Hout, 1984; Hagen, 1989). Dialects have a relatively strong position in the north,
east andsouthofthe country.The general pattern is,the greaterthedistance fromthe west of the Netherlands, the greater the distance from the standardlanguage
(Hagen & Giesbers, 1988).
The Netherlands is one of the most urbanised areas in Europe. A lot of dialects
are therefore also city dialects, which largely have a low prestige. City dialects
are often associated with a lower social class. There are a few exceptions to this,
such as the city dialect of Maastricht, which is spoken by all social strata of the
Maastricht population and is more of an expression of regional or local identity
(Hagen, 1989). The city dialects of Noord-Holland and Zuid-Holland (e.g.
Amsterdam, Rotterdam, The Hague) are judged most negatively because the
link between dialect usage and socioeconomic status is most evident here. One
result of this stigmatisation is a reduction in the size of the dialect-speaking
group. We increasingly see this development taking place also in cities outside
the west of the Netherlands (Hagen & Giesbers, 1988).
Dialect-usage is more common in rural areas and in small towns than it is in
the cities. Rural dialects often have less of a stigma attached to them because they
are an expressionofregional identity ratherthan low social status.Here it is often
the case that people learn the standard language without giving up their dialect
(Hagen & Giesbers, 1988).
In Friesland, situated in the north of the country, a minority language is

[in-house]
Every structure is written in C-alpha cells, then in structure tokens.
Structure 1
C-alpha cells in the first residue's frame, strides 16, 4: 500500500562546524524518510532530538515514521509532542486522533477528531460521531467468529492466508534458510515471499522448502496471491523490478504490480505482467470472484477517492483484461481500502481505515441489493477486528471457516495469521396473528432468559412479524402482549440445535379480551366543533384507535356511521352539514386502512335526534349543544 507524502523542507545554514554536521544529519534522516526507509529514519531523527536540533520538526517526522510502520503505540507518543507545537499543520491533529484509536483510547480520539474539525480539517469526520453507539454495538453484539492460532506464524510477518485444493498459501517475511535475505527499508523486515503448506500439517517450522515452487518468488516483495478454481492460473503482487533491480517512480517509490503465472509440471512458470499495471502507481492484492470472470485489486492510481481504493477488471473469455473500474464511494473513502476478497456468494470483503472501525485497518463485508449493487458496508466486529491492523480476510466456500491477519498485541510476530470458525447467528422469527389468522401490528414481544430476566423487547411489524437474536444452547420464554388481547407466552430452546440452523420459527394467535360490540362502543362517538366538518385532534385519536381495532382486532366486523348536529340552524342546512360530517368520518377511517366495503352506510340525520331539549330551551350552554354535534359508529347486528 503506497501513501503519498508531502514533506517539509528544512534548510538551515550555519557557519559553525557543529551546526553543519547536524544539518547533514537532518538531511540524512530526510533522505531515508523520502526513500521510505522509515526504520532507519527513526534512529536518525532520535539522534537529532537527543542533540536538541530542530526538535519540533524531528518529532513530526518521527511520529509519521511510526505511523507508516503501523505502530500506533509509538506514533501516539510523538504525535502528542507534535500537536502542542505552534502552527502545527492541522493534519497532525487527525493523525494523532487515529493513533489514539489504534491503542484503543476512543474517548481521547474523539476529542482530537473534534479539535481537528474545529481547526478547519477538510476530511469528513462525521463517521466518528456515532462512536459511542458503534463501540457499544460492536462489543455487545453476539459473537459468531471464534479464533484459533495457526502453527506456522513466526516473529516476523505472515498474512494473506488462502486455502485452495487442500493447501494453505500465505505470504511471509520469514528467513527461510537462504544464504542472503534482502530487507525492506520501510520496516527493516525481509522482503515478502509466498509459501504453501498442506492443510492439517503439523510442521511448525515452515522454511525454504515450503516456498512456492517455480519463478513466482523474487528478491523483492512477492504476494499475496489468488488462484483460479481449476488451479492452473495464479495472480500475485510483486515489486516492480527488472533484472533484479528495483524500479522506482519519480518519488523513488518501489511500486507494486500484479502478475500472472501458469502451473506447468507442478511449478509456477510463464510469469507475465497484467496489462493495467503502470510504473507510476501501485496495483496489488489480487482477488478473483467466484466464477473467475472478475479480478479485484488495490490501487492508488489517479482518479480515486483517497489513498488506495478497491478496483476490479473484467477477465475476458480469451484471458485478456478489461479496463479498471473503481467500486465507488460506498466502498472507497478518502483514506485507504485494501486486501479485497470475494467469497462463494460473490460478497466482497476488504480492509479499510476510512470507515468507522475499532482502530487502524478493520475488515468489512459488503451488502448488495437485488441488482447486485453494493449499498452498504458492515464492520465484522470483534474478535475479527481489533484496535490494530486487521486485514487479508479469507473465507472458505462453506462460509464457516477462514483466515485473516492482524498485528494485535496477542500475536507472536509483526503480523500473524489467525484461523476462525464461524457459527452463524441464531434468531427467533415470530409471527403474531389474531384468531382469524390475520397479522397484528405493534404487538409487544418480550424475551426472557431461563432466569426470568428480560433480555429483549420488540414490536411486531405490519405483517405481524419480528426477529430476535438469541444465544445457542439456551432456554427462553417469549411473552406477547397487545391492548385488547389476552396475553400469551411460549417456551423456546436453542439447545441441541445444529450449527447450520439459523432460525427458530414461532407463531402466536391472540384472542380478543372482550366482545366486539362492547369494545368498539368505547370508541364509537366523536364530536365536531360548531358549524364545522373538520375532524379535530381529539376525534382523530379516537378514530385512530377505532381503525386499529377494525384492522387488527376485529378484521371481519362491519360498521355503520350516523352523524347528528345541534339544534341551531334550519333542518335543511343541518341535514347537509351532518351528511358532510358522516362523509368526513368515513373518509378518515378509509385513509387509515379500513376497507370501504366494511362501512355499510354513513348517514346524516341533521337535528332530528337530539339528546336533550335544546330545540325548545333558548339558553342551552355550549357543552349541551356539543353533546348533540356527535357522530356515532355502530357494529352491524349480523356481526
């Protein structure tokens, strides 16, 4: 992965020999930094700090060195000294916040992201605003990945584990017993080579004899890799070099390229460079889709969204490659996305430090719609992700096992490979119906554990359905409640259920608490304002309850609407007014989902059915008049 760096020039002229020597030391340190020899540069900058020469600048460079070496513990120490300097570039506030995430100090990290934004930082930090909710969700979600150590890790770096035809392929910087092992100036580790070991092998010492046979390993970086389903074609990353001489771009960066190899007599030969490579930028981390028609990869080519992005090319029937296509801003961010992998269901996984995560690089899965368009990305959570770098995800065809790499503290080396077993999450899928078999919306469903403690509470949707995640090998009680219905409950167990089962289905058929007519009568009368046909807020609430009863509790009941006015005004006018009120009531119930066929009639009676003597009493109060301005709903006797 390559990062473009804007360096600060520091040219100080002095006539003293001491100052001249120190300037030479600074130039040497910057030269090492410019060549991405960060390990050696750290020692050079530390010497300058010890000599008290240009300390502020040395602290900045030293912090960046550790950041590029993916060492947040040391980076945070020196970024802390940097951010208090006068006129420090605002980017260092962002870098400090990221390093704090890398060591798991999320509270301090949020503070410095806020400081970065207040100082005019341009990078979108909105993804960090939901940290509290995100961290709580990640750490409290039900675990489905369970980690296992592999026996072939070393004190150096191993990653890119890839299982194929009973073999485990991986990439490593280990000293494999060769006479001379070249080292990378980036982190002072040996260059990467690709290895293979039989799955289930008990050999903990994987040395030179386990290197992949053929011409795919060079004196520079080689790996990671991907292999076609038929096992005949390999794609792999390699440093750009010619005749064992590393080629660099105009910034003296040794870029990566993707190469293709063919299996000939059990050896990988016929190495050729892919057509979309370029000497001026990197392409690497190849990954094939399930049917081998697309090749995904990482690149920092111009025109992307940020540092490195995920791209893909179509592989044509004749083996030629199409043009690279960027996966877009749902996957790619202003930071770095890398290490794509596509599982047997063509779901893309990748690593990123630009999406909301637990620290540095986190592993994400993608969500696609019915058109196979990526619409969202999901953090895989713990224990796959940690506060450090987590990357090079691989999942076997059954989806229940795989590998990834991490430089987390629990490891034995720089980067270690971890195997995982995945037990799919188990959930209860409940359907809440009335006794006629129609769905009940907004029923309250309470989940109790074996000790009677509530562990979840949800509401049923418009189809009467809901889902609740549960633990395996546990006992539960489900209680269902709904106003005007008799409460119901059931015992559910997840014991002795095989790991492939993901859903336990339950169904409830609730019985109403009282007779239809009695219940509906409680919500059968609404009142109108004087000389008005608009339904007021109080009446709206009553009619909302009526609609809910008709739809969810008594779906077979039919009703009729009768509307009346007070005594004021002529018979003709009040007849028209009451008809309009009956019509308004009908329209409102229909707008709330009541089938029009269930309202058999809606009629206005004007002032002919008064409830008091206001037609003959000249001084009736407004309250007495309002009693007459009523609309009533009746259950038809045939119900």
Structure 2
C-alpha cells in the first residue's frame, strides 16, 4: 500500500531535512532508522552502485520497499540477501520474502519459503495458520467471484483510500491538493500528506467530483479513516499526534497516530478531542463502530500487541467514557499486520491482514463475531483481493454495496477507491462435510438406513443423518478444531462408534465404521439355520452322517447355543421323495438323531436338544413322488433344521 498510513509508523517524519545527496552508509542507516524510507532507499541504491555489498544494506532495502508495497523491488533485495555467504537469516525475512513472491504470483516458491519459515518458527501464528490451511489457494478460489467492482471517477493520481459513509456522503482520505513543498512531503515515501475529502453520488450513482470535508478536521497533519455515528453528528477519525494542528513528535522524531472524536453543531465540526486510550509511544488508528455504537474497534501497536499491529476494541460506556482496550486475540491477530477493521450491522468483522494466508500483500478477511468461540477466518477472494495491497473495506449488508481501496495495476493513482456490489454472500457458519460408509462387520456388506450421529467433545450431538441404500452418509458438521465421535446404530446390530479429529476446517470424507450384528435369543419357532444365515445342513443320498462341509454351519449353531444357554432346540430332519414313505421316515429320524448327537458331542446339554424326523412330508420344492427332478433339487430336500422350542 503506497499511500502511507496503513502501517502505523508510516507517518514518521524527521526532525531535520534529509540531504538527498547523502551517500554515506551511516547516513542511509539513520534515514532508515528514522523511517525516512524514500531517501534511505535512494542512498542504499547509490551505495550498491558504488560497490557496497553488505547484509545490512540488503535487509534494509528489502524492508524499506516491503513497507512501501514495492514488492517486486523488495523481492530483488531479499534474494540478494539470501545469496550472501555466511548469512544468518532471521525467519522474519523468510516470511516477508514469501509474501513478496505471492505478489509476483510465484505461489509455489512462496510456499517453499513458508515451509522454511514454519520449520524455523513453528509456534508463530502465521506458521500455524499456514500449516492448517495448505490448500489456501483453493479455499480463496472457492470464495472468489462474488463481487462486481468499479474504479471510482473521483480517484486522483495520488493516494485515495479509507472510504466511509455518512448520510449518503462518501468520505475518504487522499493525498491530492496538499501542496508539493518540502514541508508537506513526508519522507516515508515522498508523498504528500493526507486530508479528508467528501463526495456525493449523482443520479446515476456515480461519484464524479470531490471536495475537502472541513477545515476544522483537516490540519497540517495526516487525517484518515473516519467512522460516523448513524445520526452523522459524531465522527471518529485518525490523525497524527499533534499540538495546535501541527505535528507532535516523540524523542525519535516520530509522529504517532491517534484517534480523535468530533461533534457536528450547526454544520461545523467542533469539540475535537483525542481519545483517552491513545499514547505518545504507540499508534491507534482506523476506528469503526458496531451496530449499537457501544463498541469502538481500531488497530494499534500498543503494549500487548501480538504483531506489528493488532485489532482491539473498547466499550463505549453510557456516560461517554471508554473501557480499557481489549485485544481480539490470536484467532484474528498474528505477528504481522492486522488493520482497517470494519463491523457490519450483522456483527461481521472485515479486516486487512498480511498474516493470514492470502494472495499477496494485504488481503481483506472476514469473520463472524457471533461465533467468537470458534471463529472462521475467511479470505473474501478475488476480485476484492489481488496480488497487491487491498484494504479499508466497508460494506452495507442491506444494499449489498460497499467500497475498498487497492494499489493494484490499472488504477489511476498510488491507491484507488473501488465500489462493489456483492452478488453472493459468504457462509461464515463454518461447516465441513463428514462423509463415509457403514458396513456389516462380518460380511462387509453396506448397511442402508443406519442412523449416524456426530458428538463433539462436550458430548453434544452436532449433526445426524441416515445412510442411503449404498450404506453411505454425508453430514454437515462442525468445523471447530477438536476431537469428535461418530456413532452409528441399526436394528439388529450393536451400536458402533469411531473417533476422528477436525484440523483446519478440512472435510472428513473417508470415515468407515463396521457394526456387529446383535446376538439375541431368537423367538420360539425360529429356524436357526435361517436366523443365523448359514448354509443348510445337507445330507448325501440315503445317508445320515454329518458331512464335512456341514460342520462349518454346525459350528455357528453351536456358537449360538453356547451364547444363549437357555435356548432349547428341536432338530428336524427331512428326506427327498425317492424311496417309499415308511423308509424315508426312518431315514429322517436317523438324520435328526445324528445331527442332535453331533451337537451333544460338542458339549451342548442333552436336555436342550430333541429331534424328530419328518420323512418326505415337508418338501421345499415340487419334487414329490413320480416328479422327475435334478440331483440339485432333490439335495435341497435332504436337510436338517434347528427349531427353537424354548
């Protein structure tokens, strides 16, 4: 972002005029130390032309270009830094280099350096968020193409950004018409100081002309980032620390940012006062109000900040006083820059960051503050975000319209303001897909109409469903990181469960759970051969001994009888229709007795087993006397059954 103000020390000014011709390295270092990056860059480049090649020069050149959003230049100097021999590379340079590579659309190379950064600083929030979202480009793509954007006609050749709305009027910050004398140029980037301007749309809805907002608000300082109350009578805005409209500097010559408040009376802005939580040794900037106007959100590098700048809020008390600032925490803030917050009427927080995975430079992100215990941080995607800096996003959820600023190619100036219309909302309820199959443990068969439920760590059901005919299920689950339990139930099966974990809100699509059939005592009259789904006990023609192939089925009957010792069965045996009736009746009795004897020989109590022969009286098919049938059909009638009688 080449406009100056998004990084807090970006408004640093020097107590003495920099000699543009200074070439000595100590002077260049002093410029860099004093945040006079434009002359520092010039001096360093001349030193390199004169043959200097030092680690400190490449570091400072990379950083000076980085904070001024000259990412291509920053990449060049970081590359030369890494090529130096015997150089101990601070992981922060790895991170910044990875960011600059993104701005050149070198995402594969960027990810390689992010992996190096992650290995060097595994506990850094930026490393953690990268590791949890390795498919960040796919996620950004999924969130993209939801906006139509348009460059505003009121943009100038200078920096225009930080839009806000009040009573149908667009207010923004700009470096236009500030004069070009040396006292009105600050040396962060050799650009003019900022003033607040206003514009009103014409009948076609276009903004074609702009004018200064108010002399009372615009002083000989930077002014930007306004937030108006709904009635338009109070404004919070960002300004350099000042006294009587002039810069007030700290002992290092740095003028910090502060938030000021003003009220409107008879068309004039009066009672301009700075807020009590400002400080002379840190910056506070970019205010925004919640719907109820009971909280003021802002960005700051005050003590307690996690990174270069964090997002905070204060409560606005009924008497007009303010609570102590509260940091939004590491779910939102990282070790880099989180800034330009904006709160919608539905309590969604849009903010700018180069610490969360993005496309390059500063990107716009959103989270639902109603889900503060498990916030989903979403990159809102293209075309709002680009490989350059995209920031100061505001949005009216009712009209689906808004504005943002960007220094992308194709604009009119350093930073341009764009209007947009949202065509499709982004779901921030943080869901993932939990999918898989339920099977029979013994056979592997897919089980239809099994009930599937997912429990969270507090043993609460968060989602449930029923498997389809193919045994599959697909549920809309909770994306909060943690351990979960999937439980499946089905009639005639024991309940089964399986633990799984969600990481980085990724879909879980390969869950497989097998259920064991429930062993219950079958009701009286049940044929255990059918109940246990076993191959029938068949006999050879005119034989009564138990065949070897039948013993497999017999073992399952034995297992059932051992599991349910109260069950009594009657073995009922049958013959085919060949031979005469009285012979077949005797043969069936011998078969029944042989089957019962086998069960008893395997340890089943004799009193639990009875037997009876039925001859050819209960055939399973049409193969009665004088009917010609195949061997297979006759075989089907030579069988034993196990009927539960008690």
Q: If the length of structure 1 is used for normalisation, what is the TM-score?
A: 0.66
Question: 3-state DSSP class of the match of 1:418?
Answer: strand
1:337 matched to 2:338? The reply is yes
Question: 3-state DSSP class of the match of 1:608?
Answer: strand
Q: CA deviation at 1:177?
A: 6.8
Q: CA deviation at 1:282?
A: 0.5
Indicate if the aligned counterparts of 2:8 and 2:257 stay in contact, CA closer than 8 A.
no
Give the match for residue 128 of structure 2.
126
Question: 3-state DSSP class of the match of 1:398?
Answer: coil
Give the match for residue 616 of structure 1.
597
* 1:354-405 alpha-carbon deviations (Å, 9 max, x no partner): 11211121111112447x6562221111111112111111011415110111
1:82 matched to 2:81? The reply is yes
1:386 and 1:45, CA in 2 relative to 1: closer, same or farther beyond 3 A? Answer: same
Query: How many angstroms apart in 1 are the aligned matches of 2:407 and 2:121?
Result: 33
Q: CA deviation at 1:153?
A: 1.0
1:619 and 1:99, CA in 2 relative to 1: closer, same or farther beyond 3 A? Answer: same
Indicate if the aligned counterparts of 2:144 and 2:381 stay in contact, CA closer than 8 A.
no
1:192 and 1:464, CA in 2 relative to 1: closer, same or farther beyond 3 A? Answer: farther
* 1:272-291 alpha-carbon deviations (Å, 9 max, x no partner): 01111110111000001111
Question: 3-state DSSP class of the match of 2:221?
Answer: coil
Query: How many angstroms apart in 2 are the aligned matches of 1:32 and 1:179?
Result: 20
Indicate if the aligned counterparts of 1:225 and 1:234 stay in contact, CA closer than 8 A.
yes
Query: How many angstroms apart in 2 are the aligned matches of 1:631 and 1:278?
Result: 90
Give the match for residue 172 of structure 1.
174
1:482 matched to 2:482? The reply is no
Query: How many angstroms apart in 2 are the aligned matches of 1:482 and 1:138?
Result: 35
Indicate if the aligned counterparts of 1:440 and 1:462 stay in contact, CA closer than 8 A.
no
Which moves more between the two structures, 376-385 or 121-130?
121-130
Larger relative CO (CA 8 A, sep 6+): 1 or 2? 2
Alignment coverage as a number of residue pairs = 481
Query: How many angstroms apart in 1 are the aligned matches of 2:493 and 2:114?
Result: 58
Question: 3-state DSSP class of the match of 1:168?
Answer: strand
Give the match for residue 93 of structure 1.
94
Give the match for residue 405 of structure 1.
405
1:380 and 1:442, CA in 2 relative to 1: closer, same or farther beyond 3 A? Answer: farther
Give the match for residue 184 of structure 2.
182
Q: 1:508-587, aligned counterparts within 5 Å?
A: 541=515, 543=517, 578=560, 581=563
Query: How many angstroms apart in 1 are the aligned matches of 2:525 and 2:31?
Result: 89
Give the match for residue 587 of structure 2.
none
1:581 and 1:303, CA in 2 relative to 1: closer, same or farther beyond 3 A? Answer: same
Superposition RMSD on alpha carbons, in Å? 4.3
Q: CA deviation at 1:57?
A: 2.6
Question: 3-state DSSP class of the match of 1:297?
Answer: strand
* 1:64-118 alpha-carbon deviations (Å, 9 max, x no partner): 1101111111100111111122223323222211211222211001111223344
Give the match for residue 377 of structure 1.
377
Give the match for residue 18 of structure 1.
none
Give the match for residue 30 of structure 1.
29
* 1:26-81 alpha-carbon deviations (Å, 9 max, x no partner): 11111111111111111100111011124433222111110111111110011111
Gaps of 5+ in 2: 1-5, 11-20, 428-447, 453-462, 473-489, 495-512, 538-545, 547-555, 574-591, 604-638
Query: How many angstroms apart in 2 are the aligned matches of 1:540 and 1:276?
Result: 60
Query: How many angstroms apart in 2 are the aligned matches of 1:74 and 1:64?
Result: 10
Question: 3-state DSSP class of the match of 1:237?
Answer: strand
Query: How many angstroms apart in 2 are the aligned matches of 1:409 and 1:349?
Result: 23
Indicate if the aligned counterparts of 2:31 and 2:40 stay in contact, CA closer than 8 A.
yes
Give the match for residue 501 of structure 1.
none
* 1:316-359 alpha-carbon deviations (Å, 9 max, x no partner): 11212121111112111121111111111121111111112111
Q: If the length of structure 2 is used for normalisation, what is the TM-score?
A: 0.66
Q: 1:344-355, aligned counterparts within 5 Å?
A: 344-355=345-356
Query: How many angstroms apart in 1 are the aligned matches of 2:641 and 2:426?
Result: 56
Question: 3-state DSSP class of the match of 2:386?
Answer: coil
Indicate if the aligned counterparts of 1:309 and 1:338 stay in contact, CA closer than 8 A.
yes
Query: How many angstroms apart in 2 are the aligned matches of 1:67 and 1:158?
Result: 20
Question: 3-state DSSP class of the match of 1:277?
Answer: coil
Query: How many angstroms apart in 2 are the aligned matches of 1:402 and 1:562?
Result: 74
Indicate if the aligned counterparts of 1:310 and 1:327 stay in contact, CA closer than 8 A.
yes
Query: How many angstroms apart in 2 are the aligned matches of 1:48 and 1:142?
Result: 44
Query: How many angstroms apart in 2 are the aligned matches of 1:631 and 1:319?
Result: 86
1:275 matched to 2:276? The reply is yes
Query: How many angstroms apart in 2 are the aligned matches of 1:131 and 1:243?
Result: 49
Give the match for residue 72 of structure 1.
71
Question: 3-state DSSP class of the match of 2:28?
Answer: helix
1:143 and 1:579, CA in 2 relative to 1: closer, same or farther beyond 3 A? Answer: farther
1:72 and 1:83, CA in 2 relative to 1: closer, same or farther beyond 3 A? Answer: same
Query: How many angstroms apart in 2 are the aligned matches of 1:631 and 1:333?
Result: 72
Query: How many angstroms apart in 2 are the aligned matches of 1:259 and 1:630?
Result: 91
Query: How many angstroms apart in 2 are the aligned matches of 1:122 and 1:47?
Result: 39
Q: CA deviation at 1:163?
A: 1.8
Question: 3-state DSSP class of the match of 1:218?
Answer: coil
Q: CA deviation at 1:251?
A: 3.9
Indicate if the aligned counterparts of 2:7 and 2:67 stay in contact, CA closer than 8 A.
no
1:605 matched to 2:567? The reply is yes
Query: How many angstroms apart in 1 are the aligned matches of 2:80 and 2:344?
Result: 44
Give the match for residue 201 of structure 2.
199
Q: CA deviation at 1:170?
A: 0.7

spoken. Despite the strong influence of the standard language, the Frisian
language also has a strong position in particular in rural areas. In the cities of
Friesland a city dialect is spoken, which is a mixture of old Frisian dialects and
Dutch. Thanks to efforts of the Frisian movement and the Fryske Akademy,
Frisian has been recognised by a European Charter. One of the reasons forrecognising Frisian as a language is that there is a Frisian standard-language in addition to the Frisian dialects. This political recognition of Frisian as a language has
had important consequences for instruction in the language and educational
practice in the province of Friesland. Frisian has in the meantime become the
language spoken at all primary schools in Friesland, with the exception of some
exempted schools (Van Hout, 1984, Ytsma & De Jong, 1993). In addition to
Frisian, Low Saxon and Limburgs have recently been recognised as vernacular